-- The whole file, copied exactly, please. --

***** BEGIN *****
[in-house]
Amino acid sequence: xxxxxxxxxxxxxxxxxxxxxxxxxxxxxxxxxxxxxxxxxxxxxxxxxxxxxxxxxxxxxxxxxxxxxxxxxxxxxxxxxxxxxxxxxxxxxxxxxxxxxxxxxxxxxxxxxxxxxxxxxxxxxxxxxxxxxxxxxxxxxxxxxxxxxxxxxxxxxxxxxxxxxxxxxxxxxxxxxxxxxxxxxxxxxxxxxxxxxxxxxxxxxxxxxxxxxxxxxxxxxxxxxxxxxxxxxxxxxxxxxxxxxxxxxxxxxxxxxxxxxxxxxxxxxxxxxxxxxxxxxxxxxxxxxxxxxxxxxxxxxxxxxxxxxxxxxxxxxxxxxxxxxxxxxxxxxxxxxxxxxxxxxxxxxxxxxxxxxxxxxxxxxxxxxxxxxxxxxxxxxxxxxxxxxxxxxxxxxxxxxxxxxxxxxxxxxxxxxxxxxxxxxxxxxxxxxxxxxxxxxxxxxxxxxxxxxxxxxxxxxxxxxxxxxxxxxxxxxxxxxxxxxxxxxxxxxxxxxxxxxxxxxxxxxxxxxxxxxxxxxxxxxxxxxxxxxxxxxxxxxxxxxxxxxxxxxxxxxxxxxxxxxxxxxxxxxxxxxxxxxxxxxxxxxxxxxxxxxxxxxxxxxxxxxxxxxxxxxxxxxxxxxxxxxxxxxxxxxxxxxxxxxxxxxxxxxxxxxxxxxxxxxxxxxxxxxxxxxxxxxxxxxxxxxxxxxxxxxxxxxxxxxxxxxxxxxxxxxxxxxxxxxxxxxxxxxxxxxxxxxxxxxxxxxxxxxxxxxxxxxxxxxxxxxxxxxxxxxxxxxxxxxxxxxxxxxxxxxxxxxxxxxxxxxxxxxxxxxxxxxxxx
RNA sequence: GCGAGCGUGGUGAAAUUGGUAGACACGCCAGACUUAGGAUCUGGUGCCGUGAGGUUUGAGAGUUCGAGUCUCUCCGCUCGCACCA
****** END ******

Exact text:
[in-house]
Amino acid sequence: xxxxxxxxxxxxxxxxxxxxxxxxxxxxxxxxxxxxxxxxxxxxxxxxxxxxxxxxxxxxxxxxxxxxxxxxxxxxxxxxxxxxxxxxxxxxxxxxxxxxxxxxxxxxxxxxxxxxxxxxxxxxxxxxxxxxxxxxxxxxxxxxxxxxxxxxxxxxxxxxxxxxxxxxxxxxxxxxxxxxxxxxxxxxxxxxxxxxxxxxxxxxxxxxxxxxxxxxxxxxxxxxxxxxxxxxxxxxxxxxxxxxxxxxxxxxxxxxxxxxxxxxxxxxxxxxxxxxxxxxxxxxxxxxxxxxxxxxxxxxxxxxxxxxxxxxxxxxxxxxxxxxxxxxxxxxxxxxxxxxxxxxxxxxxxxxxxxxxxxxxxxxxxxxxxxxxxxxxxxxxxxxxxxxxxxxxxxxxxxxxxxxxxxxxxxxxxxxxxxxxxxxxxxxxxxxxxxxxxxxxxxxxxxxxxxxxxxxxxxxxxxxxxxxxxxxxxxxxxxxxxxxxxxxxxxxxxxxxxxxxxxxxxxxxxxxxxxxxxxxxxxxxxxxxxxxxxxxxxxxxxxxxxxxxxxxxxxxxxxxxxxxxxxxxxxxxxxxxxxxxxxxxxxxxxxxxxxxxxxxxxxxxxxxxxxxxxxxxxxxxxxxxxxxxxxxxxxxxxxxxxxxxxxxxxxxxxxxxxxxxxxxxxxxxxxxxxxxxxxxxxxxxxxxxxxxxxxxxxxxxxxxxxxxxxxxxxxxxxxxxxxxxxxxxxxxxxxxxxxxxxxxxxxxxxxxxxxxxxxxxxxxxxxxxxxxxxxxxxxxxxxxxxxxxxxxxxxxxxxxxxxxxxxxxxxxxxxxxxxxxxxx
RNA sequence: GCGAGCGUGGUGAAAUUGGUAGACACGCCAGACUUAGGAUCUGGUGCCGUGAGGUUUGAGAGUUCGAGUCUCUCCGCUCGCACCA